… and enough power to make these marks
–Mona Lisa Vito, My Cousin Vinny1
MFA: Each Criterion Brings You Closer to the Truth
A Decatur, Illinois manufacturer that had been hit with ransomware in May, was in July sued by Travelers Insurance for having misrepresented the extent to which it was protected by MFA (multifactor authentication). Travelers said the manufacturer had violated the terms of its cyberinsurance policy. The parties came to an adjudicated agreement to nullify the policy; Travelers did not need to cover any of the ransomware losses.3
Also in July the Cyber Readiness Institute released a report on the poor adoption rate of MFA among small- to medium-sized businesses, finding fifty-four percent do not protect their data with MFA. In the same survey fifty-five percent were not even “very aware” of MFA and its security benefits.4
MFA is a way to check a claimed identity by requiring a second or more piece of evidence confirming that identity. A factor added to a computer authentication process is equivalent to an additional layer of protection; if one factor is breached, others remain to protect the system or data.
In the example of an ATM, an identity is declared when someone inserts a physical card into a machine which is then checked by the machine when it asks for a memorized PIN.
Some Types of MFA
As can be seen by the tire tread example, MFA is not a product you buy, but a way of reasoning. Following are among the most common factors5 used to protect computer networks and data:
- Remembered passwords and PINs
- Security questions (these are commonly referred to as knowledge-based authentication [KBA])
- Dynamic security questions, like recalling a recent financial transaction
- Retina scans
- Facial recognition
- Cards, like with magnetic strips, chips or near-field communication encoding (the kind you tap to pay for things)
- USB/hardware devices, like U2F keys or Yubikeys
- Virtual “soft” temporary tokens usually used in conjunction with apps on mobile phones
- Software can be written to record users’ behaviors, like time-of-day, timezone and IP address. This record is then checked against activity to disallow unusual behaviors without verification by other means.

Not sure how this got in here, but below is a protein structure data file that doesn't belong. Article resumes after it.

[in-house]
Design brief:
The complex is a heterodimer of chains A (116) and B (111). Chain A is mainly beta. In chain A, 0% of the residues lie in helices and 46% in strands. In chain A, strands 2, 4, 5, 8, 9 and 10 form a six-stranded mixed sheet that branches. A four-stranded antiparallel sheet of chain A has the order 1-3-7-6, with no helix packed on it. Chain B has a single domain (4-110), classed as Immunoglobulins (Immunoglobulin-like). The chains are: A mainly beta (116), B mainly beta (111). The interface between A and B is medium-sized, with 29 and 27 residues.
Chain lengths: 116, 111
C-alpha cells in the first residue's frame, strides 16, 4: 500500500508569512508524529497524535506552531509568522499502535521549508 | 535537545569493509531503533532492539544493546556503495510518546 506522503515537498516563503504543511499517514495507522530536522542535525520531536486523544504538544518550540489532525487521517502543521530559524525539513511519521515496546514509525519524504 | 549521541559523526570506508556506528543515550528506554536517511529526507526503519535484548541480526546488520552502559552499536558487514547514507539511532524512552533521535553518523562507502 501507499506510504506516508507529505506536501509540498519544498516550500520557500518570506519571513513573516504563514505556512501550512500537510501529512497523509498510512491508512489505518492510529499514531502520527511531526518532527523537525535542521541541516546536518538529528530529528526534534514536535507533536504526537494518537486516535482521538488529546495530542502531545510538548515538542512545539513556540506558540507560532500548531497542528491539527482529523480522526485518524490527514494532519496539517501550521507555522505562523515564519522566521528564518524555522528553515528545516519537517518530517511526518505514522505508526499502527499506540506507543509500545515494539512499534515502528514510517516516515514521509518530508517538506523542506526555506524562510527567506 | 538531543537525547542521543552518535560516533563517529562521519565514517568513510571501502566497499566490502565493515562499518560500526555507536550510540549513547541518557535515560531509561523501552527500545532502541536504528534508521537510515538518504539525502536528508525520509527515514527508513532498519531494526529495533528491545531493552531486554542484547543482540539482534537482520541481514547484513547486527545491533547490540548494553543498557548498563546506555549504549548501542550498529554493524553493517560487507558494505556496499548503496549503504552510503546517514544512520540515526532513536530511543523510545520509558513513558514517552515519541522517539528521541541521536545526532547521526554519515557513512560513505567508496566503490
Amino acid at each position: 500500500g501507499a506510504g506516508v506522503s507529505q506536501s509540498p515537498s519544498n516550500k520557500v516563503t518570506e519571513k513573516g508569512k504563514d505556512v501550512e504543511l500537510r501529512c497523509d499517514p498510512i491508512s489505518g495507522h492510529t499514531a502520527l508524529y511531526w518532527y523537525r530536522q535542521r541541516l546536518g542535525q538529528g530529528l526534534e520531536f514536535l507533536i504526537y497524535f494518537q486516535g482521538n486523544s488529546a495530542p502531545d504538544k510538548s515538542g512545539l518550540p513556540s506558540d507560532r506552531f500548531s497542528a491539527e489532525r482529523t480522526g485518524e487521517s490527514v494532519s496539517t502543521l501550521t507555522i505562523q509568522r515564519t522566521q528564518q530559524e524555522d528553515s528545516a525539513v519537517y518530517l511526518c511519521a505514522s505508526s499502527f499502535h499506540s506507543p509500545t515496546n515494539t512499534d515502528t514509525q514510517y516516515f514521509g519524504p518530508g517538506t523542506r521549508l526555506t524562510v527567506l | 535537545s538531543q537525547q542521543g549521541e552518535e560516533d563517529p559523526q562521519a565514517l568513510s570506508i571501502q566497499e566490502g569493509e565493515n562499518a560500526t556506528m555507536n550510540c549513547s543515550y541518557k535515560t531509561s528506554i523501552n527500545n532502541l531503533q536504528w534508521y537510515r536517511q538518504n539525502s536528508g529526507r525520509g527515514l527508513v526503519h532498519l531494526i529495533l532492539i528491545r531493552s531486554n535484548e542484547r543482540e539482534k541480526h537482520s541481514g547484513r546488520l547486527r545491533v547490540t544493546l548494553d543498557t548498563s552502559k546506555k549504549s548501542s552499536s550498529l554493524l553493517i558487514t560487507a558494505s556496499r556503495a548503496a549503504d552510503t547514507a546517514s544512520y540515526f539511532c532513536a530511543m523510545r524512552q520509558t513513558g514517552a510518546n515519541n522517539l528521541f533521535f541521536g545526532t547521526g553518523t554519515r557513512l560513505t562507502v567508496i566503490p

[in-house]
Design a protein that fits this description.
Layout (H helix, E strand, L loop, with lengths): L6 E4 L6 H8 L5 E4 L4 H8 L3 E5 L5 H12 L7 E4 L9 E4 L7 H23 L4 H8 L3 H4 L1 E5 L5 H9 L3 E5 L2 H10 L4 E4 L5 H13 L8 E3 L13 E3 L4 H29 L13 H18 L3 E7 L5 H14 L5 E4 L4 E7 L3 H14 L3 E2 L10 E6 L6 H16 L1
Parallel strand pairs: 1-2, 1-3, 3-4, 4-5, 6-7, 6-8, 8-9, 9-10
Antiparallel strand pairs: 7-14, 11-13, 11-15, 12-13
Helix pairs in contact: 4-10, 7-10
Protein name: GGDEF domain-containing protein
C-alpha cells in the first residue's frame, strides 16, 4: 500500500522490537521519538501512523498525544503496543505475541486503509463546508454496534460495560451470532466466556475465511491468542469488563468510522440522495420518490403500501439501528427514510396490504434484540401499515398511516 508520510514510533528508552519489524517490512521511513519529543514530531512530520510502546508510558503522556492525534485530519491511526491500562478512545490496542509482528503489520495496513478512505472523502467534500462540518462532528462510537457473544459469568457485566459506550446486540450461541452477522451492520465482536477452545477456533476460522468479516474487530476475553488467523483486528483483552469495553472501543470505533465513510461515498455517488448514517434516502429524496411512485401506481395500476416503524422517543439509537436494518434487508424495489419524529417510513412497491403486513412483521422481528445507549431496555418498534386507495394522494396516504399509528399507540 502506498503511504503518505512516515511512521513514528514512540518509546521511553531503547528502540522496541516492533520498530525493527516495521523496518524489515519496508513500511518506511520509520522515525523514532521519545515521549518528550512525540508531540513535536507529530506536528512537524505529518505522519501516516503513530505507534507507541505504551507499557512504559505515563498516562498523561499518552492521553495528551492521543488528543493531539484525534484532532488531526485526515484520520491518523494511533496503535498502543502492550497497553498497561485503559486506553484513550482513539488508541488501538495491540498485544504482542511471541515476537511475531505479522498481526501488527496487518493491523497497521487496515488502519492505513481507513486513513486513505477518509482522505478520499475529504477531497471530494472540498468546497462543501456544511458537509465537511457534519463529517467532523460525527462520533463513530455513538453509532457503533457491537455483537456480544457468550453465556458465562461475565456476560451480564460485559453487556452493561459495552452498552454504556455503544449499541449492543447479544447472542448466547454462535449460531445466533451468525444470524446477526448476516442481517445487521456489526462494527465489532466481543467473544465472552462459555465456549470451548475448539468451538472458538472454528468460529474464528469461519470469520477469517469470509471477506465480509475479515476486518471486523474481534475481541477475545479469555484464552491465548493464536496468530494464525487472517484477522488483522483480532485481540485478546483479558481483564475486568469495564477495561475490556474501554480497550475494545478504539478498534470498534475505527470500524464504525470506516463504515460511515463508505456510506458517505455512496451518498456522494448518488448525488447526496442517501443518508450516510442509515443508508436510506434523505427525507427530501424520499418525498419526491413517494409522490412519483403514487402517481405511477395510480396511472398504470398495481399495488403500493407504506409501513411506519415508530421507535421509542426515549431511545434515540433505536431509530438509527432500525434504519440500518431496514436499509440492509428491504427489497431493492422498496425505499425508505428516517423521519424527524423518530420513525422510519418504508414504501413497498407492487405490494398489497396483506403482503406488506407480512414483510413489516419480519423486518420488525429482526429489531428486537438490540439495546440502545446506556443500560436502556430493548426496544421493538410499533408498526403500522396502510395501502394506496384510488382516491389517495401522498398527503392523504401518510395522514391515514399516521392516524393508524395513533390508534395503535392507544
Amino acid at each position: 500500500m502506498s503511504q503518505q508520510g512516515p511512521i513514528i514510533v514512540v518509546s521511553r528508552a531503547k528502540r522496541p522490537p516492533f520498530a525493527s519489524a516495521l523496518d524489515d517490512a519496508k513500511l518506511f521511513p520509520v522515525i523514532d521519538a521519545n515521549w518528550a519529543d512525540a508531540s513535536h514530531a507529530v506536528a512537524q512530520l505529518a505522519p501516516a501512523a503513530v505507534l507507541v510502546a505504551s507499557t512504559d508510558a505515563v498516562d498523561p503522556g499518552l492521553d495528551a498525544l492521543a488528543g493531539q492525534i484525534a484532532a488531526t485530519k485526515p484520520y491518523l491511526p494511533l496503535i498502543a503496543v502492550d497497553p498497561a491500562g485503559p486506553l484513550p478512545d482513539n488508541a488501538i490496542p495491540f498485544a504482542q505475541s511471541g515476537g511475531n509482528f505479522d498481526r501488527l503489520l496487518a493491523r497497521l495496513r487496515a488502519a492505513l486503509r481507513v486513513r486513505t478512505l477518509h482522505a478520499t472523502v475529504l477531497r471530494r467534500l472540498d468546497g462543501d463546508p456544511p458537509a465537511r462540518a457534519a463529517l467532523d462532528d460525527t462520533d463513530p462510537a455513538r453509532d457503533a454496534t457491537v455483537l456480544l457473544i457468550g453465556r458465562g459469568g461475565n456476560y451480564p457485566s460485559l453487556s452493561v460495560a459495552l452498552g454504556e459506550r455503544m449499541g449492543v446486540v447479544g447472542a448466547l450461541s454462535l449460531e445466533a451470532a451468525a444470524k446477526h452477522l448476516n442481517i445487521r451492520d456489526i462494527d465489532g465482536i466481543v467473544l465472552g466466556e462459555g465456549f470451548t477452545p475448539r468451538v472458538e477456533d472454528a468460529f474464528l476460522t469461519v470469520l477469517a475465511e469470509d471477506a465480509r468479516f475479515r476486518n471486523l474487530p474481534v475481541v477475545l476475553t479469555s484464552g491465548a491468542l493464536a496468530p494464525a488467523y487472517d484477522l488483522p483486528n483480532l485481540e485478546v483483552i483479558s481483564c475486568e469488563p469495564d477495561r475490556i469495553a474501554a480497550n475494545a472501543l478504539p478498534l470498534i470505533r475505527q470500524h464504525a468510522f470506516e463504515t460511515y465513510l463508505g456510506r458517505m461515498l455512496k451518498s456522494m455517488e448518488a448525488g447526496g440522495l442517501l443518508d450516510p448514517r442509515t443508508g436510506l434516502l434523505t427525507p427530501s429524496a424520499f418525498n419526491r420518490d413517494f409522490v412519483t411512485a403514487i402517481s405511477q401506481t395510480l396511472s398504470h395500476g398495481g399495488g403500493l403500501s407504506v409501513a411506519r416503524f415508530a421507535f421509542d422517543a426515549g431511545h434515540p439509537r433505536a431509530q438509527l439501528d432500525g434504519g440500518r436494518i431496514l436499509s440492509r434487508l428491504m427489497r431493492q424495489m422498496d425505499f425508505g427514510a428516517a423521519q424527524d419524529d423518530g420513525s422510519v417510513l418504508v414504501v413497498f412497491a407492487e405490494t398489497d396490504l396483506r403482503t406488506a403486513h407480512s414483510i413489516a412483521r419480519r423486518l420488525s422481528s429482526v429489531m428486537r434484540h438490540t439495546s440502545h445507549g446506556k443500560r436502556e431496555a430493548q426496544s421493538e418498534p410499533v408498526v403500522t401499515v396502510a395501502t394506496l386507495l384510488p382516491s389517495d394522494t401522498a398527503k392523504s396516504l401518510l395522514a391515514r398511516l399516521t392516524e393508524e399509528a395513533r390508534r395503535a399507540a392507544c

My MFA Can Deck Your MFA
There are no certainties in life or security. If a criminal has enough determination and skill to break in, they will find a way – so there have been hacks of second factors (including a case in September’s Up Times showing one form of MFA [hardware token] protecting and a weaker form failing). Some MFA forms give better protection. If you have a choice of MFA, choose physical or software tokens.
The strongest “soft” token idea is when a challenge application pushes a notification (usually to a phone’s app) and requires a response [like clicking an “OK” button] in the phone’s app. By contrast, the most common of these software token applications generates a password-type number on an app on a phone that you have to type into a web application; these numbers can be intercepted by malware (including key-logging malware).
The step beyond software tokens in security is to use hardware tokens, like a Yubikey or similar. These small devices contain your authentication tokens and are inserted into a computer port, like a house key in a door lock, to unlock the application with physical proof that you’re you.
Any MFA Is Better than None
“If there’s two-factor authentication for it, enable it,” advises Bryley President Garin Livingstone: any type of MFA is better than none. But like many things in life, there is the danger of a kind of MFA theater – appearing to be doing something securely when things are not really buttoned up: for instance, a second-factor code is emailed to an account that is just password-secured or texted to a password-protected VOIP phone number.
If you have yet to move ahead with MFA and do not want to chance your data to password compromise, choose among the stronger forms when feasible.
If you already use MFA, it’s important you understand the points of vulnerability – for the sake of your organization’s and clients’ security and to comply with your cyberinsurance policy.
If you’d like specific guidance about uncovering important vulnerabilities, being safe and compliant with the terms of your cyberinsurance, Bryley is available to help at 978.562.6077 or email ITExperts@Bryley.com.
1 Mona Lisa Vito (Marisa Tomei) giving an example of using multiple factors to get to a truthful identity. Her courtroom testimony: The ’64 Skylark had a solid rear axle, so when the left tire would go up on the curb the right tire would tilt out and ride along its edge. But that didn’t happen here; the tire mark stayed flat and even: this car had an independent rear suspension. Now in the sixties there were only two other cars made in America that had Positraction and independent rear suspension and enough power to make these marks. One was the Corvette, which could never be confused [by an eyewitness] with the Buick Skylark. The other had the same body length, height, width, weight, wheel base and wheel track as the ’64 Skylark – and that was the 1963 Pontiac Tempest.